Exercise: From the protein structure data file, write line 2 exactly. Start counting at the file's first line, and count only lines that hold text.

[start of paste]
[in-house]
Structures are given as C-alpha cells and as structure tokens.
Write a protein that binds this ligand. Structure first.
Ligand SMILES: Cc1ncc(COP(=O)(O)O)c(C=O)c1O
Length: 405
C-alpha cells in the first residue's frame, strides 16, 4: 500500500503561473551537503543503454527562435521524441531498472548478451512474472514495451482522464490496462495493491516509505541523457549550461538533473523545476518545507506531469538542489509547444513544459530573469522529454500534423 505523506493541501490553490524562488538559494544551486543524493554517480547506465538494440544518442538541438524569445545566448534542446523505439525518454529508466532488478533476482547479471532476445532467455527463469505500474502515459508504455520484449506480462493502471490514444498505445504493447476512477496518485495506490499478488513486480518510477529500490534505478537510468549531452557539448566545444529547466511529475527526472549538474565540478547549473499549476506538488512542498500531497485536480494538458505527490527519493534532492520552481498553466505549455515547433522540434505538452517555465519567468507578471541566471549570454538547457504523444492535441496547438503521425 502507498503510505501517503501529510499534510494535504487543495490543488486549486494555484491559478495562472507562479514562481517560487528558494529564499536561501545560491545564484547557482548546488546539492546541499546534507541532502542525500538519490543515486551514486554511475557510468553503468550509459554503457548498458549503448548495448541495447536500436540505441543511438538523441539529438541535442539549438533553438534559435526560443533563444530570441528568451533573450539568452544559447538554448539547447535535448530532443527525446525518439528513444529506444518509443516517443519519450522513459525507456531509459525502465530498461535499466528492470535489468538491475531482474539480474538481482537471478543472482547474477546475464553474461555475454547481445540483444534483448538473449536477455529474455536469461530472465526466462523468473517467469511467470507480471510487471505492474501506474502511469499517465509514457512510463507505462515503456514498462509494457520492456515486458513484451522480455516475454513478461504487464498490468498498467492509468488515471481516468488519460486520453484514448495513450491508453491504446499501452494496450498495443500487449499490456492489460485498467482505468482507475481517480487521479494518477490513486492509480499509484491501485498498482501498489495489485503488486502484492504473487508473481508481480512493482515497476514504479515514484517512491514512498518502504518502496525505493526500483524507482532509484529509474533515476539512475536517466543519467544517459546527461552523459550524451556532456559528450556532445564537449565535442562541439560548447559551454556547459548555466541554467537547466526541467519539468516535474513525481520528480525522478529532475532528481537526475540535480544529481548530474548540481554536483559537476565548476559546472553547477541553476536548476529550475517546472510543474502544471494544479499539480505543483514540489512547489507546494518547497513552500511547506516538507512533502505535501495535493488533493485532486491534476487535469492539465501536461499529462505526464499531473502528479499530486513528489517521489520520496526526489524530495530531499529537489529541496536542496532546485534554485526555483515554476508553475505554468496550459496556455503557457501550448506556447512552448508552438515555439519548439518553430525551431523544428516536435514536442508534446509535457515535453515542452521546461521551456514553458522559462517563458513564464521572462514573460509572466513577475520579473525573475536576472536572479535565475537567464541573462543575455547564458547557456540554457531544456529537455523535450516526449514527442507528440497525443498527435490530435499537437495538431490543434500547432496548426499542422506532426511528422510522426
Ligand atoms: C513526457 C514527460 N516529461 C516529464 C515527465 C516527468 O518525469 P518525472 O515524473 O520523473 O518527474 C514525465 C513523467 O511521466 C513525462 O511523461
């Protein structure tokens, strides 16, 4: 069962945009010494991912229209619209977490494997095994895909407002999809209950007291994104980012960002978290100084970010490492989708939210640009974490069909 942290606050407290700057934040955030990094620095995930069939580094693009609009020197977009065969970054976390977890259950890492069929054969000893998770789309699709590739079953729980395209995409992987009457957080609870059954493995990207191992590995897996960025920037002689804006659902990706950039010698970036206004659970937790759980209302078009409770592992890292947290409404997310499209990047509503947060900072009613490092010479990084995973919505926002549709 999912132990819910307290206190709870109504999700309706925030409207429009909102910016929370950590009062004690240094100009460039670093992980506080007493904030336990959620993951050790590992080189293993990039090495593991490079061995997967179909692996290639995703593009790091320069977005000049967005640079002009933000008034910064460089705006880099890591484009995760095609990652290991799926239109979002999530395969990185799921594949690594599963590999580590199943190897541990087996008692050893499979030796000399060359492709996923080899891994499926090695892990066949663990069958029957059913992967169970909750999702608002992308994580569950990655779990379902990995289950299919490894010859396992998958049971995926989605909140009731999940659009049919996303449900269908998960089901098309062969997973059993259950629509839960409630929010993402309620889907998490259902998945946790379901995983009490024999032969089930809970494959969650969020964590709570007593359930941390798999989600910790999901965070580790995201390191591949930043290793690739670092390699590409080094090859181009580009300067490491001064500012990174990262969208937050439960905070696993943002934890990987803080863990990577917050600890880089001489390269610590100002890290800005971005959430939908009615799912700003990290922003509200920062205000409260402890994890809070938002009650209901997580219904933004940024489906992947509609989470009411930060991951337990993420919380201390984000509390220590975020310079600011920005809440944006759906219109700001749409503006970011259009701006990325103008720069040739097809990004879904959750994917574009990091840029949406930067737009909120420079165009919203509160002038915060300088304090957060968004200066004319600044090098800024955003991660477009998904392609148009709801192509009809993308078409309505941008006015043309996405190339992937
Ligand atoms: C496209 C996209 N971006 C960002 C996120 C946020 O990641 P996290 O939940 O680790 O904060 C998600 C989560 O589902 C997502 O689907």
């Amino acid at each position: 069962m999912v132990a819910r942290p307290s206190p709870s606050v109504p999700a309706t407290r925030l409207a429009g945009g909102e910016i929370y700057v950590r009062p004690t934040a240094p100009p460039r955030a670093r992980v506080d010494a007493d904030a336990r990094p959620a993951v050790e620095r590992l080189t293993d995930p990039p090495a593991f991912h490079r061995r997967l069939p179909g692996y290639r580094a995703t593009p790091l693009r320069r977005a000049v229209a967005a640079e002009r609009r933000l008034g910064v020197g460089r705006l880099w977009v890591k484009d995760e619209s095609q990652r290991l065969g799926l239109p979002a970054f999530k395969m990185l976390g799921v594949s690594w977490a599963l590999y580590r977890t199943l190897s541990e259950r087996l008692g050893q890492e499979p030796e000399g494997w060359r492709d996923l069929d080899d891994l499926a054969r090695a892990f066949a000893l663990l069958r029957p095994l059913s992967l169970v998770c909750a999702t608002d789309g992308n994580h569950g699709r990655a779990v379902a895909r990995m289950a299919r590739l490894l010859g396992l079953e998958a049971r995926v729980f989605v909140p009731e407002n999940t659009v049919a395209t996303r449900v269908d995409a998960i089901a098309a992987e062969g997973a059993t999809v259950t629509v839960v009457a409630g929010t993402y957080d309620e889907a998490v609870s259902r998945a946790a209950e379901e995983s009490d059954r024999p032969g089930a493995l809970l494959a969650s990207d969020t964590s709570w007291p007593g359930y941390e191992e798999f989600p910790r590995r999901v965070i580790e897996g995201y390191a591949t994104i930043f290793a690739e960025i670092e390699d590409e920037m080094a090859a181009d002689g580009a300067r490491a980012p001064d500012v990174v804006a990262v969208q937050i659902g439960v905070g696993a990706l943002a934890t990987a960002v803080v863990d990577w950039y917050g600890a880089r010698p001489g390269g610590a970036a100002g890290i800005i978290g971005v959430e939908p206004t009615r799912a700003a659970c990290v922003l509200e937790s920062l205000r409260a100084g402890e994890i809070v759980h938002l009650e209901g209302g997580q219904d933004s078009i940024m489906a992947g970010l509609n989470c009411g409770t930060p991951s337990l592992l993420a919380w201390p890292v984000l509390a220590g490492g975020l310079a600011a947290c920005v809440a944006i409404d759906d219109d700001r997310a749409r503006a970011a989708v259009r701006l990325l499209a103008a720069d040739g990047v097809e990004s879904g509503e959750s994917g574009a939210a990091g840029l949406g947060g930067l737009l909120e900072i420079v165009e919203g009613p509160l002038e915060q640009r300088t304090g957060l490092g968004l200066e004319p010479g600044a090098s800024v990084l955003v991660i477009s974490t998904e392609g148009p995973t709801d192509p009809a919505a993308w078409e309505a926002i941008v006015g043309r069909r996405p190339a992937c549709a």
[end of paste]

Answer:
Structures are given as C-alpha cells and as structure tokens.